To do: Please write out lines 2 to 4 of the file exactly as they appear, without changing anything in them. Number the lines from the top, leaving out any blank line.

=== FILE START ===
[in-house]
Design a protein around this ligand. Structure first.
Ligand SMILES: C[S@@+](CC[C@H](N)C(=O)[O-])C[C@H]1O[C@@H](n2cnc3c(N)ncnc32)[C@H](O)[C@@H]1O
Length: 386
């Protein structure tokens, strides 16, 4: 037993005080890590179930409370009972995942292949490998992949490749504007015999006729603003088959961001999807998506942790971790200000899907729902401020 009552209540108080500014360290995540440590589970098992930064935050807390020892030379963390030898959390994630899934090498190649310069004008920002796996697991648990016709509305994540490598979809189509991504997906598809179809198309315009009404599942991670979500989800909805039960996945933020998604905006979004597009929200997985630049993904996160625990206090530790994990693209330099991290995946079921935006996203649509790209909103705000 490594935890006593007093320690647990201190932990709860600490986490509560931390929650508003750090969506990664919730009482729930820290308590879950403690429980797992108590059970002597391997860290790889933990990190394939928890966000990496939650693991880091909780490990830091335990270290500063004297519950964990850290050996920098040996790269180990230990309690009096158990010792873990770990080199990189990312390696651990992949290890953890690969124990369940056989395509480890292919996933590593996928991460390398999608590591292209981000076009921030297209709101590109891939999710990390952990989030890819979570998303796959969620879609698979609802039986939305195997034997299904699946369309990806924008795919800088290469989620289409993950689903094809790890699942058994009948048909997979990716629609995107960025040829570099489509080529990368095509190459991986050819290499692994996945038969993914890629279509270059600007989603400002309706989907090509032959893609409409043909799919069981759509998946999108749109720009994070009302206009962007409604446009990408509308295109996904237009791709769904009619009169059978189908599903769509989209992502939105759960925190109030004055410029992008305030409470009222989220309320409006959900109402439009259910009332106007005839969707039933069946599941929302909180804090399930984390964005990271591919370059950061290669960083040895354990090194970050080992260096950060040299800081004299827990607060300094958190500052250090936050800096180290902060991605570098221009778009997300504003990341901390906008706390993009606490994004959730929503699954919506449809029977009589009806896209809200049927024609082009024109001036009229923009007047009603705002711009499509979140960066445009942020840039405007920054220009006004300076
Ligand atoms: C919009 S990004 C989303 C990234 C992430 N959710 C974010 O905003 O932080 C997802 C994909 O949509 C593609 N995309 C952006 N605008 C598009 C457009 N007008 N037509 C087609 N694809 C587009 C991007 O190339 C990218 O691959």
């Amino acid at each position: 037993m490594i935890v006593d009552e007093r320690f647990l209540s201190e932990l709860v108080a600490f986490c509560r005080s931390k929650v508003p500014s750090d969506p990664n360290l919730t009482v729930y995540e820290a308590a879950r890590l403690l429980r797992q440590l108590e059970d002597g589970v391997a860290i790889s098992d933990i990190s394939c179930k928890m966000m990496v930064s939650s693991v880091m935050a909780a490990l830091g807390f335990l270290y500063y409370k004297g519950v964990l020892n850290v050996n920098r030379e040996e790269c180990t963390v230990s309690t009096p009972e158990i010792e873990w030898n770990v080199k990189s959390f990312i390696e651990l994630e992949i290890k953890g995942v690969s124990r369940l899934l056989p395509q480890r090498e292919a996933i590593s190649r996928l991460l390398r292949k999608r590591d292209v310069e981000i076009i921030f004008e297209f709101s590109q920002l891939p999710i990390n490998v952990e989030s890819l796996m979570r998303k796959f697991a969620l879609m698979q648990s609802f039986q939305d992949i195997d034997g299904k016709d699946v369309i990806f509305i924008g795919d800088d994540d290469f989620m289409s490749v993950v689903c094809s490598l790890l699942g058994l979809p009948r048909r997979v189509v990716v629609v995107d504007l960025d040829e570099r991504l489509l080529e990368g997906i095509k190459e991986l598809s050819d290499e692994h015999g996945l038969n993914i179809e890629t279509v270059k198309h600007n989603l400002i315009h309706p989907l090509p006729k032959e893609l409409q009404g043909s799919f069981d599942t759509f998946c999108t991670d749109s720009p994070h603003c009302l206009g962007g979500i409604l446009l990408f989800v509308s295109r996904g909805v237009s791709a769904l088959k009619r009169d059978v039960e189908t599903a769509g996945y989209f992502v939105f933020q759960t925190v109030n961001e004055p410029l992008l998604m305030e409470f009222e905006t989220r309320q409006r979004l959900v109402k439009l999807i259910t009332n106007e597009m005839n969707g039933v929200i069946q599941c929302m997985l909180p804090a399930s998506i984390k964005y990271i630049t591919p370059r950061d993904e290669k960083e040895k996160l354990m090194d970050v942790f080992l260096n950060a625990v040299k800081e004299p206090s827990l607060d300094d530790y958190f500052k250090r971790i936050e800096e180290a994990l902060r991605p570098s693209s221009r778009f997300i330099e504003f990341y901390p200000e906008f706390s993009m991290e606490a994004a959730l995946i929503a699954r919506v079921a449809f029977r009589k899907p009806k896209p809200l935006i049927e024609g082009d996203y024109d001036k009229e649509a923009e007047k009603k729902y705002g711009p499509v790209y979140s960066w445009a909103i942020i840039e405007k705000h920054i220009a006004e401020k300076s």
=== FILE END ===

Design a protein around this ligand. Structure first.
Ligand SMILES: C[S@@+](CC[C@H](N)C(=O)[O-])C[C@H]1O[C@@H](n2cnc3c(N)ncnc32)[C@H](O)[C@@H]1O
Length: 386